Born in Johnson City, Tennessee, I began a 16-year journey as a member of a military family. My parents, sisters and I were a roving tribe, moving to and from U.S. Air Force bases coast to coast and in Honolulu. That formative experience served as an inspiration for my writing. Specifically, it fostered a meditation on people and the places we inhabit.
I studied English and American Literature for my undergraduate degree at East Tennessee State University, and earned a master’s degree in Special Education at the University of Tennessee. I specialized in assisting deaf and hard of hearing students and adults with education and vocational training. Over 30 years, I taught in public schools, community colleges, and in informal science education institutions (museums, zoos, and nature centers). A teaching career has endless articulations and mine followed my changing interests over three decades of teaching in a variety of settings.
After I turned 63, I semiretired and started a part time business in grant writing for nonprofits and devoted myself to writing. From 2004 to 2009, I wrote a column for Tucson Green Magazine, which featured essays about living in the American Southwest. Later I self-published Paean to the Earth (2008), a collection of essays, poetry, and short stories inspired by her experiences in the desert cities of Arizona.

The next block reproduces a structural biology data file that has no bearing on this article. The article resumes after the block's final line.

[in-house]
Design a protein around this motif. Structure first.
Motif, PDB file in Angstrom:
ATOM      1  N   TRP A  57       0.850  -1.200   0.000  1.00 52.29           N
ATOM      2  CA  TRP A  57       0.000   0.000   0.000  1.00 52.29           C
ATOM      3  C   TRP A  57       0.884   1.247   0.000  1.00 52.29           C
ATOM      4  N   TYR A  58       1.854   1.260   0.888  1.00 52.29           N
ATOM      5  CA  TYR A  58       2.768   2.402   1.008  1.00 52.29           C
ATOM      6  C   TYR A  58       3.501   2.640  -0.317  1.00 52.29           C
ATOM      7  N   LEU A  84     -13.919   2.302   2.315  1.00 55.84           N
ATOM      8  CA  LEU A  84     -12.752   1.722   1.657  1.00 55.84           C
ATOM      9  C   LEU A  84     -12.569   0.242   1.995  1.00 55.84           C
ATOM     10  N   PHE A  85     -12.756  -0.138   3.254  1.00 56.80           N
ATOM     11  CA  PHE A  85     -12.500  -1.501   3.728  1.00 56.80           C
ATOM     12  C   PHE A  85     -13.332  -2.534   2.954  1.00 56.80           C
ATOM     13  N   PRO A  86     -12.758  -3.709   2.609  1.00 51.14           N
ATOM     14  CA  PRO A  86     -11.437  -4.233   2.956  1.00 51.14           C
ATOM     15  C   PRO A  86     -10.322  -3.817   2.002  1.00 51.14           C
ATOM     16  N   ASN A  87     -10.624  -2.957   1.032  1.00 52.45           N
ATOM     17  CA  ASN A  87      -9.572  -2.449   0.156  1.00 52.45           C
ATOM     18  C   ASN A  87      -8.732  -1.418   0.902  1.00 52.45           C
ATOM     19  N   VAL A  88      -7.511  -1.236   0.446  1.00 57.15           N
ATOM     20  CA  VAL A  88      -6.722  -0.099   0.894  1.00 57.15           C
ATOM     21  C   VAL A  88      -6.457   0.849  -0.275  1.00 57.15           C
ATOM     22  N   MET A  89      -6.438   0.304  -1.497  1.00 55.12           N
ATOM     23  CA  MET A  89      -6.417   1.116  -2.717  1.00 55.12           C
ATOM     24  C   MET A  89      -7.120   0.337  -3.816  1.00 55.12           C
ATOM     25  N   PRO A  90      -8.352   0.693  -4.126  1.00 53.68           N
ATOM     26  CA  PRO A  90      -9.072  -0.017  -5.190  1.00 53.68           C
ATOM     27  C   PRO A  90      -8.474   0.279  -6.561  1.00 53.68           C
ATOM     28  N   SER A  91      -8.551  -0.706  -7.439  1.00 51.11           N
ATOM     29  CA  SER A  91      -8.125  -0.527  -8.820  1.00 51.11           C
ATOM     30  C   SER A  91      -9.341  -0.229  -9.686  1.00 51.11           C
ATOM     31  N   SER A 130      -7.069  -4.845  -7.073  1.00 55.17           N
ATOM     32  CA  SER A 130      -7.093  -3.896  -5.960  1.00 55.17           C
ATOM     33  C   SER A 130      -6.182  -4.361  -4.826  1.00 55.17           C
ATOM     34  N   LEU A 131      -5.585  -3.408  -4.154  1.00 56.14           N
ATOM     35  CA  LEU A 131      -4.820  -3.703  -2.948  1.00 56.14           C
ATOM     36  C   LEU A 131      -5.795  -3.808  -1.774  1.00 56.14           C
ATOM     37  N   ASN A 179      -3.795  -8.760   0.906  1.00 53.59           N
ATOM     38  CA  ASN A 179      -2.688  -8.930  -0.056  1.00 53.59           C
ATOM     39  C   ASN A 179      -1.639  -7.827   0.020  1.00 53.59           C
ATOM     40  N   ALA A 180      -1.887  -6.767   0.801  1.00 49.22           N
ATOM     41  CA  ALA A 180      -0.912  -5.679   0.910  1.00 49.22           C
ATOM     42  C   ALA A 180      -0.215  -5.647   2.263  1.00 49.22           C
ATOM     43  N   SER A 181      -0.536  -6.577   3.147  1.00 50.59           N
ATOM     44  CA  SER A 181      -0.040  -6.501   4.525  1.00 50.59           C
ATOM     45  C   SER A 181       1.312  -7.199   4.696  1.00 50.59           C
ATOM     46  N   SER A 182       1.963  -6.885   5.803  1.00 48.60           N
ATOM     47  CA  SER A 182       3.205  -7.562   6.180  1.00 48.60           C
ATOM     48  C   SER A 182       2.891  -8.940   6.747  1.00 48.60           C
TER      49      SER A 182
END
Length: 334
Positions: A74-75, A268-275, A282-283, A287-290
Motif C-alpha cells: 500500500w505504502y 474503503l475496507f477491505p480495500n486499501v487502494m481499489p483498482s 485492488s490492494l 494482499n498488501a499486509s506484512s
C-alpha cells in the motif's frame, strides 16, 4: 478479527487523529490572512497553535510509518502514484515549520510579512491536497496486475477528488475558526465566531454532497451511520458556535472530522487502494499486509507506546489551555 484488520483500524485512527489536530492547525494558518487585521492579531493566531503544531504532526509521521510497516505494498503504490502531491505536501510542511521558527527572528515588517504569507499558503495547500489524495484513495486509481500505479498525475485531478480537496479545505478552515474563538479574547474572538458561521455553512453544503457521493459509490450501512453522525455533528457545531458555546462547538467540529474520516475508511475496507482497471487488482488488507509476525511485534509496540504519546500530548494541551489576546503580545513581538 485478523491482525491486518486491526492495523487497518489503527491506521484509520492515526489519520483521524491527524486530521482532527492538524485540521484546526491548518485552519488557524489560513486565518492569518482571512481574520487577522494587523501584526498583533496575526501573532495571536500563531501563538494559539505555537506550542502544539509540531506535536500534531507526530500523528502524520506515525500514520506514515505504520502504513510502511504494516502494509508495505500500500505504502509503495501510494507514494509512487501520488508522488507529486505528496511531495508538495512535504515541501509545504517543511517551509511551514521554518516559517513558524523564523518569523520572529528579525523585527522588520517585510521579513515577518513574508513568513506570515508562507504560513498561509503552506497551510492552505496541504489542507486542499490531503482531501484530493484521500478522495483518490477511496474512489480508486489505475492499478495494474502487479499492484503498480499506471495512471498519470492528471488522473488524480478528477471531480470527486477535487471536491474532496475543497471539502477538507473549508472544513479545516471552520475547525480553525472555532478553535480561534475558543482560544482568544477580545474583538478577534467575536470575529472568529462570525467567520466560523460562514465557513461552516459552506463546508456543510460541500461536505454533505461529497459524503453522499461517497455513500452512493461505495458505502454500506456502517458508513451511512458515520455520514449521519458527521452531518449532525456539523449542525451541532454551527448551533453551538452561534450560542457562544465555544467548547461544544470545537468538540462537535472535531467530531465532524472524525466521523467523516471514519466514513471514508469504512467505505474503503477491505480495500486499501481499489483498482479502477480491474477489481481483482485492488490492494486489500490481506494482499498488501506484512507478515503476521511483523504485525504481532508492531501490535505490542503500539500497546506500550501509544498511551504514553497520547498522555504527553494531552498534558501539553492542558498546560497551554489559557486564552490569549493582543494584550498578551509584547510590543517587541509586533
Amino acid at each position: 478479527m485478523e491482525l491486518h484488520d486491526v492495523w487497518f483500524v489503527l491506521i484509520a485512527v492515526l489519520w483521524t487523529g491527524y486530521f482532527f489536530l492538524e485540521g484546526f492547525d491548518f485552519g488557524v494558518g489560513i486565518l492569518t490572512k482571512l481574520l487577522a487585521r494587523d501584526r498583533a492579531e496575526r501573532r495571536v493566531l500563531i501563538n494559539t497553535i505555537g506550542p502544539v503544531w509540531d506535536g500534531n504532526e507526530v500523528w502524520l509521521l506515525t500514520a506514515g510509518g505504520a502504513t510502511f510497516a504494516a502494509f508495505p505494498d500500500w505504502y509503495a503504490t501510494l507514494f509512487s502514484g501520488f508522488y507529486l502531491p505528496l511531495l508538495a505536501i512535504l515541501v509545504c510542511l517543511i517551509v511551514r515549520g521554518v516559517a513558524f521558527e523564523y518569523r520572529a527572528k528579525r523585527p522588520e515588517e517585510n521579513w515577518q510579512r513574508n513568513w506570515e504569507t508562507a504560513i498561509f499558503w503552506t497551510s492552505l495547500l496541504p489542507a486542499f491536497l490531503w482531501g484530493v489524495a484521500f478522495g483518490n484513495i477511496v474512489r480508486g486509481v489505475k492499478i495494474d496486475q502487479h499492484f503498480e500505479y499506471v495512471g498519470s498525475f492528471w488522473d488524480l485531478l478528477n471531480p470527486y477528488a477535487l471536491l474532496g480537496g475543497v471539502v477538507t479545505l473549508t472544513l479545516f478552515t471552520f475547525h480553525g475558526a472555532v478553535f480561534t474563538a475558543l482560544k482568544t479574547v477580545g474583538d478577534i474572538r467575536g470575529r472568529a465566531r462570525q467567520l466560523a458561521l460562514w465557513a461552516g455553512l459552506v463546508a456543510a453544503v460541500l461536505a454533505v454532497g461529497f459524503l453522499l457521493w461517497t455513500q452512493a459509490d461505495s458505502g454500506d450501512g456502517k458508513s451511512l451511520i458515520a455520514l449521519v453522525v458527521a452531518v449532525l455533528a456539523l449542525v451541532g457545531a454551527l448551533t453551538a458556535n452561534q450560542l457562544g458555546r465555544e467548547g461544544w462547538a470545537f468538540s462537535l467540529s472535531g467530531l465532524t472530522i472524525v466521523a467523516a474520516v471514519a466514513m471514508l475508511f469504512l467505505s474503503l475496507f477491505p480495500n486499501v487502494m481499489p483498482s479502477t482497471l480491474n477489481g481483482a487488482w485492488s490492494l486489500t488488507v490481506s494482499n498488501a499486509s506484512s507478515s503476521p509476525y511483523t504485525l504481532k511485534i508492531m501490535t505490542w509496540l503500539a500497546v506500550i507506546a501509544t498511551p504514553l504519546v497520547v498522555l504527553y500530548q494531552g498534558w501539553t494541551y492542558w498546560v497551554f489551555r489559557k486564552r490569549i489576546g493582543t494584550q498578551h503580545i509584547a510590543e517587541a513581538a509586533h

In 2006 the Frank Waters Foundation awarded me a Writer’s Residency at their Artist’s cabin near Taos, in the foothills of the Sangre de Cristo Mountains, during which I began drafting a novel about climate change in the Southwest. Threshold was published in 2016 by Fireship Press in Tucson.
I have continued to develop essays about humans and nature. In 2011, my essay, “A Way Forward in an Uncertain Future”, was published in an anthology, edited by Martin Keogh: Hope Beneath Our Feet – Restoring Our Place in the Natural World (North Atlantic Press).
Other essays have been published in Songs of Ourselves: America’s Interior Landscape (Blue Heron Book Works, 2015), Panoplyzine, SEJ Journal (Journal of the Society of Environmental Journalists), Pensacola Magazine, and in academic publications. My blog, WalkEarth.org, is a place where I share new works with followers and review books by outstanding writers. WalkEarth also publishes links and information about climate change planning for communities.